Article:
Even as America grabbles with its love-hate relationship with fossil fuels, the ongoing fracking revolution that’s turned the U.S. into the leading global oil producer is shoring up the economy — and helping to tame carbon emissions, too.
A wave of literally ground-breaking advances in technology have unleashed the U.S. energy industry like never before. Oil production has swelled in the past decade to reach an all-time high in 2018 and push the U.S. past Saudi Arabia and Russia to become the world’s top producer for the first time in 45 years.
As recently as 10 or 15 years ago, such a resurgence seemed extremely unlikely if not impossible. The idea of “peak oil” — declining production over time — appeared to be borne out by a seemingly irreversible slowdown in domestic output from the early 1970s to the early 2000s.
The idea goes all the way back to the 1956, when the famed U.S. geologist M. King Hubbert predicted oil production in the U.S. would probably top out within 15 years and then begin a permanent decline. The same thing would happen elsewhere, too.
What Hubbert didn’t count on, according to a new White House economic report, was the soaring prices of oil and the rapid advances in technology that they spawned. Producers sought to find ways to extract energy more cheaply and eventually they succeeded.
The most influential example is the rise of fracking — extracting oil and natural gas from rock formations under the continental U.S. that had long been considered inaccessible. The U.S. has become the world leader in fracking by far.
The result: The death of peak oil as an idea. At the very least, it’s gone into long-term remission.
The reborn U.S. energy industry, meanwhile, has contributed strongly to the economy in the past decade. Companies have hired more workers, invested heavily in equipment such as drilling platforms and fueled demand for an assort of raw materials such as steel.
What’s more, record U.S. petroleum production has helped stabilize the global price of oil and reduce the risk of huge price swings like the one that damaged the economy in 2007-2008, the White House Council of Economic Advisers asserts. The cost of a barrel of oil, now less than $60, briefly topped $160 in 2008.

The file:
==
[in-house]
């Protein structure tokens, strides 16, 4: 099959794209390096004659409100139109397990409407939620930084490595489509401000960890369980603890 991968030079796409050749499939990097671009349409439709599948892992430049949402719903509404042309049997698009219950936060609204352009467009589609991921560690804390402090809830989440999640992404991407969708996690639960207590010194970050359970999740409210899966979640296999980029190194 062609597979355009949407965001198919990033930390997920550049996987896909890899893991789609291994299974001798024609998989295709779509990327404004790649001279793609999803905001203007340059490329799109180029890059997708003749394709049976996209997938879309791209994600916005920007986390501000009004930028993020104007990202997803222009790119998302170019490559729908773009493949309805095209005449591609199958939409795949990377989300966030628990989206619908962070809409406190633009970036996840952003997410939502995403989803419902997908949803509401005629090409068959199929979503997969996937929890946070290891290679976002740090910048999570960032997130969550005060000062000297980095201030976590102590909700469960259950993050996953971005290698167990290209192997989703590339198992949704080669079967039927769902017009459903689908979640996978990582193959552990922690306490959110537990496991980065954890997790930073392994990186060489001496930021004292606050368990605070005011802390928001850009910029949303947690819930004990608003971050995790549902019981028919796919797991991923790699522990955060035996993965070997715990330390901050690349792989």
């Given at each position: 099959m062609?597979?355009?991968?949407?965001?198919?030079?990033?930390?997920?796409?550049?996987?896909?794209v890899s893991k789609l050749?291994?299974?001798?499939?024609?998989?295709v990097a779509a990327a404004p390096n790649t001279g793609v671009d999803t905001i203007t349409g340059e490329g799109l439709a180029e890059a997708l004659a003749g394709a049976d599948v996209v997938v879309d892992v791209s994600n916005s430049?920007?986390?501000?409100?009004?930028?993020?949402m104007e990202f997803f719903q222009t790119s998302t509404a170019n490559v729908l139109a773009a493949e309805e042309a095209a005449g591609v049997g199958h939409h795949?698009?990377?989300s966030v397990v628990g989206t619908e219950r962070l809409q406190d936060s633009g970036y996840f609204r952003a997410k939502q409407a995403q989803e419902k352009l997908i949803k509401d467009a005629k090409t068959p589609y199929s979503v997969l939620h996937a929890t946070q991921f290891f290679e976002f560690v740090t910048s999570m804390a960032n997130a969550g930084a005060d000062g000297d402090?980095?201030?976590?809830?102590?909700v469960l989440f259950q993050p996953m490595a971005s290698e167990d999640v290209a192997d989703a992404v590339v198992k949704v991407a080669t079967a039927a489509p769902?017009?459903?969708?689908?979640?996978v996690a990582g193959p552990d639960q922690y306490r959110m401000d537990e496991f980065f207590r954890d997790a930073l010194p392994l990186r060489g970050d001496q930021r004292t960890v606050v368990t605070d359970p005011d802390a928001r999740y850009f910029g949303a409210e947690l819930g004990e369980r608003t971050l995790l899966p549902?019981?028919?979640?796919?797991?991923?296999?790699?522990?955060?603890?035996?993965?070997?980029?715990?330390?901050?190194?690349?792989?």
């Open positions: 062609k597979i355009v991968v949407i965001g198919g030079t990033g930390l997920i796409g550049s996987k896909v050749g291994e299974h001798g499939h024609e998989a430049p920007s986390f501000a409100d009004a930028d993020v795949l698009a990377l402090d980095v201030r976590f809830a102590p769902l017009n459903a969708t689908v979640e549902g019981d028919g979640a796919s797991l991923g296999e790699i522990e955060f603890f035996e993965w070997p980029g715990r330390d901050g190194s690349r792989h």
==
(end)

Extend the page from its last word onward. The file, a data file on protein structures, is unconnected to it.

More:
As the U.S. moves quickly to become a net energy exporter — the latest forecasts say it will happen in 2020 — it will also help to keep huge trade deficits from being even larger. The U.S. trade deficit in 2018 easily would have set an all-time high if not for soaring U.S. exports of natural gas.
An abundance of cheap natural gas, meanwhile, has encouraged many electric companies to switch over from dirtier coal, a traditional mainstay that’s become more costly and less available due to stiffer regulations.
Coal “faces the prospect of declining demand because cheaper natural gas is an attractive substitute,” the White House report noted.
Natural gas NGK19, -1.80% and coal in 2018 both accounted for about 30% of all electricity produced in the U.S., the CEA report shows. By contrast, coal was responsible for about half of all electricity generated a decade ago vs. just 19% for natural gas.
The switch to natural gas from coal, combined with tighter environmental regulations and great improvements in energy efficiency, have reduced U.S. carbon emissions to roughly 1990 levels.
Natural gas is expected to continue to gain ground on coal, offering the prospect of further improvements.
What about the potential of environmental damage by fracking itself?
Critics assert it fouls up drinking water and causes increased tremors or even small quakes, but the last major study by the Environmental Protection Agency at the end of the Obama administration only found a limited impact. The agency said more data was needed.
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